Mountaintop removal was not something I was aware of until I joined William & Mary’s Student Environmental Action Coalition (SEAC). Members of SEAC has been to Mountain Justice Spring Break, and told us about the devastations of mountaintop removal. This form of resource extraction blows the tops off of mountains to get to coal seams. It’s cheaper and less labor intensive than traditional mining, but way more destructive to the environment. When Branch Out and SEAC announced that there would be a Mountain Justice trip to Appalachia, Virginia, I knew I had to go and see this for myself.

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April 16, 2014
by Melody Porter
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And to Think, I Almost Didn’t Go…

by Marilyn Ampadu 

Our Branch Out trip to Philadelphia, PA may be the event that sets the course for the rest of my life, but before you can understand that, we have to go to the beginning. Even before I had ever heard of or worked with Branch Out, I had an instinctual passion for social justice and equality. I had already decided to pursue a life of active service and deal with incorporating my occupation later. The trip to Philadelphia was focused on labor rights and living wages, two causes I strongly advocate. Even with this, the thought of losing time from family, friends, and home to go to a place I’d never been and partner with strangers took time to settle in me. In the end, I left for Philadelphia that morning feeling slightly apprehensive of the week ahead of me.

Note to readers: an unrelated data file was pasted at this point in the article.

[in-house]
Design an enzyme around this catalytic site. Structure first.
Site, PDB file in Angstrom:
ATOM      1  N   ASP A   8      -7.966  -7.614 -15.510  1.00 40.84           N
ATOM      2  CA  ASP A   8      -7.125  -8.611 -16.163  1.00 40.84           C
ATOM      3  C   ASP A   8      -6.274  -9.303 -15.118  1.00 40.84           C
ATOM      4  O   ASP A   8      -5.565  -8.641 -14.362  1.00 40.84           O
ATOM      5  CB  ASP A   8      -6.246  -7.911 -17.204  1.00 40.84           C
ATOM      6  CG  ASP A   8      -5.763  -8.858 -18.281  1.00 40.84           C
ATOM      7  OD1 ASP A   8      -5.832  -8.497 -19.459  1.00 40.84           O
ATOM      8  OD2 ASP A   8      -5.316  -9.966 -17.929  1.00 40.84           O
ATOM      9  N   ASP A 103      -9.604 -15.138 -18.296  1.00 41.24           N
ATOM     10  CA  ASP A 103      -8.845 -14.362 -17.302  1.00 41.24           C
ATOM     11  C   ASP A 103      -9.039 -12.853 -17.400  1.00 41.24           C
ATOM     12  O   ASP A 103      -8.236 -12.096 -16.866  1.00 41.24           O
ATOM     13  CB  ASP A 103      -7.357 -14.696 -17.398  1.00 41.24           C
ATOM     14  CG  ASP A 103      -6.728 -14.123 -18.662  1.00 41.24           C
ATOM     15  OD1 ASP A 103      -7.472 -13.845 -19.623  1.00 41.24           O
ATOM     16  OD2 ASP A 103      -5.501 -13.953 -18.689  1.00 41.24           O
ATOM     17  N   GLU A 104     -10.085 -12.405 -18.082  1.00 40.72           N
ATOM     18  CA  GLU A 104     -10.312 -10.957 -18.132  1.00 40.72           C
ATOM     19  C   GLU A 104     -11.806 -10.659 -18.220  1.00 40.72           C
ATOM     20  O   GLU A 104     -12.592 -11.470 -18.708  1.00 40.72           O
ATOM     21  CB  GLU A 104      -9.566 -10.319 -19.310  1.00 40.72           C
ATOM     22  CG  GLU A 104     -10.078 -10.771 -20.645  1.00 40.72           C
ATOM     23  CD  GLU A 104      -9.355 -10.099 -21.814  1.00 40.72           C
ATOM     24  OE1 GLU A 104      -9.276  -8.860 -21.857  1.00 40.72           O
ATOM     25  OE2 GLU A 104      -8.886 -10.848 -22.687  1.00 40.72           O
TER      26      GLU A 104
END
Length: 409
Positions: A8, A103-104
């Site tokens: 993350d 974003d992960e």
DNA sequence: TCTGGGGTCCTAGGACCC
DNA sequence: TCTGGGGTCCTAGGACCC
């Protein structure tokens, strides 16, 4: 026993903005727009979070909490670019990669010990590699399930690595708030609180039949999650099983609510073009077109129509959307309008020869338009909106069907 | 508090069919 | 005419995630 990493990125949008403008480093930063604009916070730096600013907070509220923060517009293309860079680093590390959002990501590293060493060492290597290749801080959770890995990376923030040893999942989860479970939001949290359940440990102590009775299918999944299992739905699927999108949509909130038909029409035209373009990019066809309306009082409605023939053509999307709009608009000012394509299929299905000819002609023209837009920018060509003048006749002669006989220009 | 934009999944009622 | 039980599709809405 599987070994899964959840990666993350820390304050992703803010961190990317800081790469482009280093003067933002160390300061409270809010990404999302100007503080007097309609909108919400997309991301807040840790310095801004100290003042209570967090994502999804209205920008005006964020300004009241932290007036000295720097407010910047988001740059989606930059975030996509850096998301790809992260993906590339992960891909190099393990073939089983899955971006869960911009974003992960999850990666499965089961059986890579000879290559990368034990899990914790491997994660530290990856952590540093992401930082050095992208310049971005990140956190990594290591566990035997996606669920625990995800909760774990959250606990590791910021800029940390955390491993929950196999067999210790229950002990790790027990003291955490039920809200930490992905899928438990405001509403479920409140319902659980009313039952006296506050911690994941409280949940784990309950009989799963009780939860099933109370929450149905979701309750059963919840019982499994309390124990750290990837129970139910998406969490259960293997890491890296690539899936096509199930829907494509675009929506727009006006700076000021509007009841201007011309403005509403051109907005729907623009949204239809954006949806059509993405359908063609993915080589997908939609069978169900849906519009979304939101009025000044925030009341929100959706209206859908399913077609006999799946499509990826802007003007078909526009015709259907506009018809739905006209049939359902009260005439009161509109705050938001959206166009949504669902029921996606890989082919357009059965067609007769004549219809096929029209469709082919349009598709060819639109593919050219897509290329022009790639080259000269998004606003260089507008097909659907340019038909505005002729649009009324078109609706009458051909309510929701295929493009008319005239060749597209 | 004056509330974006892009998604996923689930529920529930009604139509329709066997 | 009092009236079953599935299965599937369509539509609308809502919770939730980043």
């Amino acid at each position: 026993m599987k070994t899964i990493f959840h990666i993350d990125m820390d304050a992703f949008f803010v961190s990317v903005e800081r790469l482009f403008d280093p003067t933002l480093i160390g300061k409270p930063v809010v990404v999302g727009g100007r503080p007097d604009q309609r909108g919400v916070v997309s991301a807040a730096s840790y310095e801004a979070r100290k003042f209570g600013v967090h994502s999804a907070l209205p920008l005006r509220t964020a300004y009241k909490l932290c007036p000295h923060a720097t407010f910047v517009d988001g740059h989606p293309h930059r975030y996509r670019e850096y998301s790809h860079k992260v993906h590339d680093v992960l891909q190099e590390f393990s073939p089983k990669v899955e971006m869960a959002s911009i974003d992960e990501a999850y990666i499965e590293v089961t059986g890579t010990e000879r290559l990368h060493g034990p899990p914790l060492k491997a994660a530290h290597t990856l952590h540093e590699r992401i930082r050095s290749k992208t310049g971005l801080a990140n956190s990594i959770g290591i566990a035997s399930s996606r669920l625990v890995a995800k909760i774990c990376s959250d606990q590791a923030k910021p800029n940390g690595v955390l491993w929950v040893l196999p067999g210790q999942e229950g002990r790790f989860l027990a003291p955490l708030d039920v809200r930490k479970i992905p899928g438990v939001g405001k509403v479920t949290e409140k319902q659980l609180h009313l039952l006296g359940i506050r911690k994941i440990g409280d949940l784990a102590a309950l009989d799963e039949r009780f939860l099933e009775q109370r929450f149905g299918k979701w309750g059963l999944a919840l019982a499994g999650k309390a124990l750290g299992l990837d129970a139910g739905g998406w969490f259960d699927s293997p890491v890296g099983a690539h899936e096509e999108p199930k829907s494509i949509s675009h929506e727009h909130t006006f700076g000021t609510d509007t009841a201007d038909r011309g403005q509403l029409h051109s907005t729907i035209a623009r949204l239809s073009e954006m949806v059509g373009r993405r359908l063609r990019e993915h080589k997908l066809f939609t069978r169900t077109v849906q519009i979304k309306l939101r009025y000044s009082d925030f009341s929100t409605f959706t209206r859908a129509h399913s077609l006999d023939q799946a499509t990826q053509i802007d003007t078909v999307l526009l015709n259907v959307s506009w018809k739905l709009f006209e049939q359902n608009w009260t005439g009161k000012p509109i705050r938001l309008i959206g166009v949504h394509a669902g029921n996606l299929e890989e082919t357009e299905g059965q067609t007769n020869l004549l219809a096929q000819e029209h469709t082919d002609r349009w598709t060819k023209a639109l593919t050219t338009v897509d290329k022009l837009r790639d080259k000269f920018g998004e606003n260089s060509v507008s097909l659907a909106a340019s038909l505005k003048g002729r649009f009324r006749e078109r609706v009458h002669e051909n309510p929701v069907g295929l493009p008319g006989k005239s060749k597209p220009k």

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April 16, 2014
by Melody Porter
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Lasting Change in a Community

by Dominique Langhorne

My original plan for this past spring break was to stay in bed all day watching Netflix. I changed this plan after one of my site leaders came to my Human Geography class to recruit people for the Virginia Organizing Branch Out trip. Although I had never heard about Virginia Organizing until that moment, I decided that I wanted to get involved with this trip because it seemed to be a great way to help people and it applied to my major in Government. I am not normally a person who goes out and makes friends or gets involved in school activities. On this trip I met many great people and I got involved with a great organization.

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April 15, 2014
by Melody Porter